Rich Tomato Recipe for Autumn and Wine Pairing

We have a glut of tomatoes on our hands this year and surprisingly it is the beefsteak and plum varieties that have done the best. We grew the heritage beefsteak Marmande tomato which takes its name from the town of Marmande, south of Bordeaux.

There is a story about the Marmande tomato told by locals in the town . . . Once upon a time, Peyrot Bory, an impoverished young man fell in love with Ferline Giraudeau, the daughter of a wealthy middle class man in Marmande.

Peyrot dared not to tell her of his love as he was conscious of being too poor to aspire to her hand so, filled with grief, he decided to leave Marmande. He arrived in Bordeaux just when a ship was setting sail to “the Isles”.

For four years he travelled, throughout the Caribbean and New Granada. He worked hard and yet he could not forget Ferline.

Eventually he returned to Marmande and in his luggage was a large leather bag filled with Spanish doubloons and a pouch in which lay strange dark grey flower seeds. He planted them in a sunny corner of his garden and in early summer clusters of beautiful red fruits appeared.

Each morning, he picked a few and placed them in a little wicker basket on the window ledge of his beloved. After a few days Ferline saw him placing his offering:

“Tell me, friend,” she said, “What do you call this delicious fruit that you bring every day?”

“When I was in the Americas, the Indians called this fruit the tomato, but I call it Ferline in remembrance of you, as it is so beautiful!” he replied.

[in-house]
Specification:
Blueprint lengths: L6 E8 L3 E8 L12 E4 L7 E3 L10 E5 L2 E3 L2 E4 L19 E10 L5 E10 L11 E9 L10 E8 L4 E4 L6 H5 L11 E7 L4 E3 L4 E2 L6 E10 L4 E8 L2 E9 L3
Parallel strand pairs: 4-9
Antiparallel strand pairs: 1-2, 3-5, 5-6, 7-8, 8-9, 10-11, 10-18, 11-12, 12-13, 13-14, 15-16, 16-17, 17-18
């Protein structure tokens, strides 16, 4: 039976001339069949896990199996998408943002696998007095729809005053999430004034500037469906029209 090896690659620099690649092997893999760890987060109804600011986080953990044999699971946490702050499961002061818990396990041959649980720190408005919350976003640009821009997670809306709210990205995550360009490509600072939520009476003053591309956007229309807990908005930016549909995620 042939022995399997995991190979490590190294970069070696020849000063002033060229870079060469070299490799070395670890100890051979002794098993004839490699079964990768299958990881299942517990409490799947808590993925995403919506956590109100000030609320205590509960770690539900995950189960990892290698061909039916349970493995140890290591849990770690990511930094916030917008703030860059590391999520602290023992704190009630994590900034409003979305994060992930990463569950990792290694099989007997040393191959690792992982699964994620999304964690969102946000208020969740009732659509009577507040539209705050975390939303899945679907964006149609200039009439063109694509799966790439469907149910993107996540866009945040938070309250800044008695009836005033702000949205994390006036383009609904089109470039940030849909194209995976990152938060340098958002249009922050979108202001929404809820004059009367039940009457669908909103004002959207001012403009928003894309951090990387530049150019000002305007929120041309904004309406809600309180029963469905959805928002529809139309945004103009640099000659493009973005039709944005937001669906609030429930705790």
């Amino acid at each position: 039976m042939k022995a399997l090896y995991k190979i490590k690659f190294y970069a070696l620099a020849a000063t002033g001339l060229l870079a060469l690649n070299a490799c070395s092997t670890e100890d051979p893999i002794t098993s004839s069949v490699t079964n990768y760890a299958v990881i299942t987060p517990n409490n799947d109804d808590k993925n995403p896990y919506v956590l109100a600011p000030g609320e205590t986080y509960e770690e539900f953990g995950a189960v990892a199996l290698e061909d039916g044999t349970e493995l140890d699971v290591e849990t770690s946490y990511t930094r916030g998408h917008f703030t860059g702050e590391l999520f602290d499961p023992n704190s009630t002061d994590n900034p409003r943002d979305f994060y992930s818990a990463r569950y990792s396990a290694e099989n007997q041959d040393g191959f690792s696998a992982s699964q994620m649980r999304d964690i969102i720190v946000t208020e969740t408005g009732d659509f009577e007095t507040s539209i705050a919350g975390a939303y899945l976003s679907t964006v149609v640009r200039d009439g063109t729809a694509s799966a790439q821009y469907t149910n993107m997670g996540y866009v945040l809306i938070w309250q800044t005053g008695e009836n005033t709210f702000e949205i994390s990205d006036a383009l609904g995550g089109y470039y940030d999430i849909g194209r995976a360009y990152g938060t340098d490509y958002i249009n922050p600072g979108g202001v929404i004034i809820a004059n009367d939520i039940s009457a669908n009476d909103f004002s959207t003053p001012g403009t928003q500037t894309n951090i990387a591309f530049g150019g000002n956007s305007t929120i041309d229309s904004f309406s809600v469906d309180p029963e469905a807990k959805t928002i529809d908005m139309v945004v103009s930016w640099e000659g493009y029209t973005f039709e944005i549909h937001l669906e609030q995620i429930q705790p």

Well,” she said, throwing herself into his arms, “from today, we will call it “the apple of love, Pomme d’amour”.

It’s a nice story and Marmande has a Tomato Festival and a “Brotherhood of the Knights of the Pomme d’Amour” who are committed to promoting the Marmande tomato. Beefsteak tomatoes are delicious stuffed but I have decided to use my plum tomatoes in making my own tomato purée which will be great for bologneses and ratatouilles.

I have a recipe from the Languedoc Roussillon which is a hearty autumnal dish that I can recommend: Boles de Picolat. This is a meatball dish typical of Roussillon, and one of the most famous dishes of Northern Catalonia. The meatballs are made with finely minced beef and pork mixed with garlic and parsley.

They are browned in oil, then onions, cinnamon, salt, pepper and chilli peppers are added. The meatballs are then simmered in a tomato sauce with olives.

Boles de Picolat

750g of pork mince
750g of beef mince
2 eggs
100g flour
3 onions
2 cloves garlic
1 bunch of fresh coriander
500g green olives
1 red chilli pepper, chopped
pinch of cinnamon
300g cepes (mushrooms)
1 kg of carrots
tomato purée, olive oil, salt, pepper

Peel the carrots, the onions and the garlic. Chop one onion finely together with one clove of garlic and the coriander. Add salt, pepper and cinnamon and mix with the minced meat and the eggs.

Form into small meatballs, flour generously and brown in olive oil. Keep warm. Brown the sliced carrots in olive oil, add the 2 remaining onions, the thinly sliced garlic and chilli pepper as well as the tomato purée and a glass of water. Simmer for 15 minutes.

Add the meat balls, the cepes and the green olives. Cover with water, add salt and pepper and cook under cover for 45 minutes. Serve with haricot beans.

The wine I recommend to accompany the dish I Chateau Les Graves de Barrau (£6.76) which is great with Chilli Con Carne, Spaghetti Bolognese and Meat Based Pasta dishes. The wine makers are Serge Musset and Dominique Hebrard (famous for Chateaux Cheval Blanc and Bellefont Belcier in Saint Emilion).

Graves de Barrau has been well reviewed in the Telegraph and the Western Daily Press. This is a traditional claret with flavours are of blackberries, blackcurrants, vanilla with a touch of gravelly earthiness. I normally decant it and let the wine breathe for a good while whilst bringing up to room temperature.


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